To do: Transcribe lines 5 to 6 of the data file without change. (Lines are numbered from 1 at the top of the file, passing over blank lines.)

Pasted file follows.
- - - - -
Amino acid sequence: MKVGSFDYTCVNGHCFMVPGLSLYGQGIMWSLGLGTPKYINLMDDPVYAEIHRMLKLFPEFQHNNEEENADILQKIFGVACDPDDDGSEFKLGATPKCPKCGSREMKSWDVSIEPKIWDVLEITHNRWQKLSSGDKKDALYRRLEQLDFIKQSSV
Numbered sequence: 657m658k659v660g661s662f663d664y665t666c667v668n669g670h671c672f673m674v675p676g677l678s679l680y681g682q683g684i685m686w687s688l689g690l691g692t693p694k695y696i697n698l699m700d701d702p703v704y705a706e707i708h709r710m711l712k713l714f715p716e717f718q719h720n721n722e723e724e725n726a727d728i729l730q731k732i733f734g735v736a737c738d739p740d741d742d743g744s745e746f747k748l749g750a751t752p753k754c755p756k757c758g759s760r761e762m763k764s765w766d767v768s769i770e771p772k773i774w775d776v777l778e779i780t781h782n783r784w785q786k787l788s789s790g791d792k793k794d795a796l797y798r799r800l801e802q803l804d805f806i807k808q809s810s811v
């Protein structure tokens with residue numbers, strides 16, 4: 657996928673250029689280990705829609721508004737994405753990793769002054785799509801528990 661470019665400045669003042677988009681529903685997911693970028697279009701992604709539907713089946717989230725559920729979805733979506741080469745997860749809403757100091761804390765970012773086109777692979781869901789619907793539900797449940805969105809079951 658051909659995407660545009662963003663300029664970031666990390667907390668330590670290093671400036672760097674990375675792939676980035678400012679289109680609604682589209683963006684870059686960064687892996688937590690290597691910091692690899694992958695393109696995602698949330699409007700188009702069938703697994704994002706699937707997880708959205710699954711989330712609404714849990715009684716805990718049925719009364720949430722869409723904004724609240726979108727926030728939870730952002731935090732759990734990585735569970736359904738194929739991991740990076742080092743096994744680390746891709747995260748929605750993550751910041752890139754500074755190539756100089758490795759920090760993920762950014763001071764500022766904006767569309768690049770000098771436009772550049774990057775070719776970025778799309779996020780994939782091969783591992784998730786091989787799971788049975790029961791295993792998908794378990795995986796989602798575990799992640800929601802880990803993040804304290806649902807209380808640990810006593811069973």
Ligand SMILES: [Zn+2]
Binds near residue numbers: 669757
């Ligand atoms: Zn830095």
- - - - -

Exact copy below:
Binds near residue numbers: 669757
């Ligand atoms: Zn830095």